BATON ROUGE, La. (AP) — Leaders of the Office of Motor Vehicles assured state lawmakers Friday they are working to shrink wait times for people renewing their driver's licenses and registering their vehicles, amid complaints that some customers have been stuck in line for hours.
Lawmakers said they've received complaints that waits have spiked for people seeking to handle routine tasks.
"The general public feels like that with the fees they pay for licenses that there are enough dollars there that the office should have less wait times, better service," said Rep. Jim Fannin, R-Jonesboro, chairman of the Joint Legislative Committee on the Budget.
Col. Mike Edmonson, who oversees the Office of Motor Vehicles as head of the Department of Public Safety, told lawmakers that he was enacting changes to speed up visits to locations around Louisiana.
Edmonson cited "express lanes" set up at larger OMV offices to deal with simple tasks like license renewals, the expansion of a privatization effort that allows people to renew licenses elsewhere and improvements to the website so people can do more business online.
"We continue to work toward bringing that wait time down," Edmonson said.
He said the average wait time was 30 minutes or less, but he acknowledged that he was giving special attention to an office in New Orleans where the time in line can be much longer.
Sen. Ed Murray, D-New Orleans, said he waited nearly four hours for service at his local motor vehicles office, the one singled out by Edmonson as a problem area.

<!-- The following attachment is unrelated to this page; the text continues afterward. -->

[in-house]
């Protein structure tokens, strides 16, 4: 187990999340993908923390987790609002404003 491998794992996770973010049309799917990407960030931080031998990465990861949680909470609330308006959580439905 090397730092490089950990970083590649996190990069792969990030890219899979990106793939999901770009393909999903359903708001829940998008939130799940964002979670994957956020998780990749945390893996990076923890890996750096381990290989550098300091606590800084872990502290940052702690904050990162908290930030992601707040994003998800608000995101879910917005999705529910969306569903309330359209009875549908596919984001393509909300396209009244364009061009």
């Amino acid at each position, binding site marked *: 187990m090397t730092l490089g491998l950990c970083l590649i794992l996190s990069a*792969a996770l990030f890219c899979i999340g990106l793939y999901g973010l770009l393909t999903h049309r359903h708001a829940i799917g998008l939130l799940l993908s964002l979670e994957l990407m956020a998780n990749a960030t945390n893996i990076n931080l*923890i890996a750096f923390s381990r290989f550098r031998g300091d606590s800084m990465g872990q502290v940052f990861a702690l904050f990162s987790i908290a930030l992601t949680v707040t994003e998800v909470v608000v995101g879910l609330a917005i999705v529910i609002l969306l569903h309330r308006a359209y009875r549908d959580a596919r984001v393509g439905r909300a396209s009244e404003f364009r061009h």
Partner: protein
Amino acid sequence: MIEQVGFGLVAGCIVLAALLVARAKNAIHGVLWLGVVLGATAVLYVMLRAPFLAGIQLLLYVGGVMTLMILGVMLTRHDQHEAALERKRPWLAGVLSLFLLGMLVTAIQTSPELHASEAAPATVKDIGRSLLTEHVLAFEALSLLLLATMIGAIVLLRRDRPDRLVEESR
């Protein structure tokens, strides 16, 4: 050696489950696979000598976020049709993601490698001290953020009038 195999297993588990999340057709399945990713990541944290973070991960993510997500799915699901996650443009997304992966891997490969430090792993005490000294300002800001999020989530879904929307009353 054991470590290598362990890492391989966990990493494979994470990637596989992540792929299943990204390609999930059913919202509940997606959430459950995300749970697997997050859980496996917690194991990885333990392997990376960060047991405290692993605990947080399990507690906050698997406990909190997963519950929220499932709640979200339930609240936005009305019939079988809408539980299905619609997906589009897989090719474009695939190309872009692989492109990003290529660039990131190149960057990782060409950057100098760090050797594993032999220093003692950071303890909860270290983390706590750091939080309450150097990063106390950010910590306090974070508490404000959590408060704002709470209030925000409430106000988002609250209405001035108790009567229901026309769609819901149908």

"We need to do something, because it was awful for people to wait three and four hours just to renew a driver's license," Murray said.
Rep. John Bel Edwards, D-Amite, said in rural St. Helena Parish only one worker staffs the OMV office. Edwards said people have reported going to the office to find it closed because the employee was administering a driving test.
Edmonson said the agency is moving staff around to alleviate lengthy waits. He said in small offices they've started to set aside specific days for driving tests so the office can send in another employee to help out.
A report issued earlier this year by the nonpartisan Legislative Fiscal Office said wait times have shot up as Gov. Bobby Jindal's administration dropped staffing levels amid continuing budget cuts.
When Murray asked if Edmonson needed more people, he said no.
Edmonson said the office plans to set up an incentive pay plan to give bonuses to workers that help cut wait times and improve customer service.
He said the agency also is trying out self-service vehicle registration kiosks at some locations and is continuing to expand a privatization program that allows outside contractors, known as public tag agents, to handle driver's license renewals for up to an extra $18 fee.
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Posted on Tue, September 23, 2014
by Melinda Deslatte, Associated Press